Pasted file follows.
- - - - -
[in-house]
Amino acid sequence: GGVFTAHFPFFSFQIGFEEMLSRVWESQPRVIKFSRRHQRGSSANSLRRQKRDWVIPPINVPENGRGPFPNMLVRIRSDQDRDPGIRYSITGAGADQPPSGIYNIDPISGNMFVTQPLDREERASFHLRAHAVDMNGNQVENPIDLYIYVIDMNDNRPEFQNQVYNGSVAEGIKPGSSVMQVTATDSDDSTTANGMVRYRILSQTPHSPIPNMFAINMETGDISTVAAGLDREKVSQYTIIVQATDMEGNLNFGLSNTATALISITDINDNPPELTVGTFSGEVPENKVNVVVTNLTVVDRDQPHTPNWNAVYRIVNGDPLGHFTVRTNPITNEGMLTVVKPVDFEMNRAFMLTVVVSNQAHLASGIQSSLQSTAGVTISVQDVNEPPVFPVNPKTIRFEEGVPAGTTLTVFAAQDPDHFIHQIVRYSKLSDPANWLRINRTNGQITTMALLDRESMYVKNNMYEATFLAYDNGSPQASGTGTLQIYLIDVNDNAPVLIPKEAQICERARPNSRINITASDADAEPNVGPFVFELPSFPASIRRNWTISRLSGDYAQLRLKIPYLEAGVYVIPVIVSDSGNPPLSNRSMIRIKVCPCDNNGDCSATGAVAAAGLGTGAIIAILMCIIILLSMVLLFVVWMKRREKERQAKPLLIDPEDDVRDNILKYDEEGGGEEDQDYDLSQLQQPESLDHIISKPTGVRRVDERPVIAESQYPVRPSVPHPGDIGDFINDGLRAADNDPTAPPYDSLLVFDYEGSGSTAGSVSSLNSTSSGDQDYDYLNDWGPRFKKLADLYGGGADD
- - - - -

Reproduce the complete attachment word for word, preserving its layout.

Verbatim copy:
[in-house]
Amino acid sequence: GGVFTAHFPFFSFQIGFEEMLSRVWESQPRVIKFSRRHQRGSSANSLRRQKRDWVIPPINVPENGRGPFPNMLVRIRSDQDRDPGIRYSITGAGADQPPSGIYNIDPISGNMFVTQPLDREERASFHLRAHAVDMNGNQVENPIDLYIYVIDMNDNRPEFQNQVYNGSVAEGIKPGSSVMQVTATDSDDSTTANGMVRYRILSQTPHSPIPNMFAINMETGDISTVAAGLDREKVSQYTIIVQATDMEGNLNFGLSNTATALISITDINDNPPELTVGTFSGEVPENKVNVVVTNLTVVDRDQPHTPNWNAVYRIVNGDPLGHFTVRTNPITNEGMLTVVKPVDFEMNRAFMLTVVVSNQAHLASGIQSSLQSTAGVTISVQDVNEPPVFPVNPKTIRFEEGVPAGTTLTVFAAQDPDHFIHQIVRYSKLSDPANWLRINRTNGQITTMALLDRESMYVKNNMYEATFLAYDNGSPQASGTGTLQIYLIDVNDNAPVLIPKEAQICERARPNSRINITASDADAEPNVGPFVFELPSFPASIRRNWTISRLSGDYAQLRLKIPYLEAGVYVIPVIVSDSGNPPLSNRSMIRIKVCPCDNNGDCSATGAVAAAGLGTGAIIAILMCIIILLSMVLLFVVWMKRREKERQAKPLLIDPEDDVRDNILKYDEEGGGEEDQDYDLSQLQQPESLDHIISKPTGVRRVDERPVIAESQYPVRPSVPHPGDIGDFINDGLRAADNDPTAPPYDSLLVFDYEGSGSTAGSVSSLNSTSSGDQDYDYLNDWGPRFKKLADLYGGGADD